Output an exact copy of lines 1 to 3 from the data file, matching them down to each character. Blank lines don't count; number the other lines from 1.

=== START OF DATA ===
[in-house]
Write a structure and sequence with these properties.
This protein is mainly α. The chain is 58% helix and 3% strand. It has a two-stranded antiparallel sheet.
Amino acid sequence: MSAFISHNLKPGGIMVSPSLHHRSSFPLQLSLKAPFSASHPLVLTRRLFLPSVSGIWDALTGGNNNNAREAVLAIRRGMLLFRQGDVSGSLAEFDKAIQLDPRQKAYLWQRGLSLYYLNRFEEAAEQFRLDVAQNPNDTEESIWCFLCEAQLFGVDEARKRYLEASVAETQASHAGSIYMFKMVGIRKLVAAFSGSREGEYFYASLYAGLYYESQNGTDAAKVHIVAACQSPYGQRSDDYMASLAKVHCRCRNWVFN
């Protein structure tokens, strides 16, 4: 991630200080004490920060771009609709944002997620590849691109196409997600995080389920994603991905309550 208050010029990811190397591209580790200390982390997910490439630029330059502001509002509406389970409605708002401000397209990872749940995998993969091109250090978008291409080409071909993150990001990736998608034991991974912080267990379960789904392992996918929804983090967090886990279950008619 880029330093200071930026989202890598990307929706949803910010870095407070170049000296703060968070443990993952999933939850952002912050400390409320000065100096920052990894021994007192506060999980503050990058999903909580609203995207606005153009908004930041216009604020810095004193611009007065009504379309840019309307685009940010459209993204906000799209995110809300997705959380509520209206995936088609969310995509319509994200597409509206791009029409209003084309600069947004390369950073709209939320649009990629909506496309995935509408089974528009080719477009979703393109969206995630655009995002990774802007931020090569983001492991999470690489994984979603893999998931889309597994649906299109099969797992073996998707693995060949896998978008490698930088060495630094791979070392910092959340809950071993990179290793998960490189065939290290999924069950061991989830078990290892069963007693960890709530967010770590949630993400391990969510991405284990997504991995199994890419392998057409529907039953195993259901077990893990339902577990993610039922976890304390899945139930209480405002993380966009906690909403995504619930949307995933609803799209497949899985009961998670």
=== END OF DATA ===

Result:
[in-house]
Write a structure and sequence with these properties.
This protein is mainly α. The chain is 58% helix and 3% strand. It has a two-stranded antiparallel sheet.